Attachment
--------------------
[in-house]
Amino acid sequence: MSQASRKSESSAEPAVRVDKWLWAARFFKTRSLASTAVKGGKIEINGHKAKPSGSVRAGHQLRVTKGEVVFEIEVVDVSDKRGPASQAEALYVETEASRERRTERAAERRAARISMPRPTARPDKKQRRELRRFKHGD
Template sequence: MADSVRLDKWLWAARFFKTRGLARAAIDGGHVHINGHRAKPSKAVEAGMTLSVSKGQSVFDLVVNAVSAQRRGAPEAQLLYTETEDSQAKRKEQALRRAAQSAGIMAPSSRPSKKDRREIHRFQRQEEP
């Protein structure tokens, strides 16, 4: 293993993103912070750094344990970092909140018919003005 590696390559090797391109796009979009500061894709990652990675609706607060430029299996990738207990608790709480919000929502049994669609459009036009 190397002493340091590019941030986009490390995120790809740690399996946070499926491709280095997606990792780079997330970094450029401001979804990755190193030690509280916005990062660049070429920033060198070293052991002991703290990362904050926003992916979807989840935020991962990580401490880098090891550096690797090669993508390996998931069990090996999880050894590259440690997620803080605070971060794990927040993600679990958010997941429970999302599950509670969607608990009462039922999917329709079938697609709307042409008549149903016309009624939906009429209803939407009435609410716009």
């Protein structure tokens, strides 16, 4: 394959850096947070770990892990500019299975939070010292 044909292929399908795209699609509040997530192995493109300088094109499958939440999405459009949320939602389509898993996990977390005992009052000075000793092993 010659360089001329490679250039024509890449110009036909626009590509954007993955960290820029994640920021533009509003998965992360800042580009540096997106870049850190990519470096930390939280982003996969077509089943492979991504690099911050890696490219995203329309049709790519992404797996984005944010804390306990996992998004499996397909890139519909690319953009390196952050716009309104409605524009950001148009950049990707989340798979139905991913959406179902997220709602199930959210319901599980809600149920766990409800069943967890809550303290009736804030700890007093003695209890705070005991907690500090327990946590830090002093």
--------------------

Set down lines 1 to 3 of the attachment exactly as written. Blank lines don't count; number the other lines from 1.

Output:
[in-house]
Amino acid sequence: MSQASRKSESSAEPAVRVDKWLWAARFFKTRSLASTAVKGGKIEINGHKAKPSGSVRAGHQLRVTKGEVVFEIEVVDVSDKRGPASQAEALYVETEASRERRTERAAERRAARISMPRPTARPDKKQRRELRRFKHGD
Template sequence: MADSVRLDKWLWAARFFKTRGLARAAIDGGHVHINGHRAKPSKAVEAGMTLSVSKGQSVFDLVVNAVSAQRRGAPEAQLLYTETEDSQAKRKEQALRRAAQSAGIMAPSSRPSKKDRREIHRFQRQEEP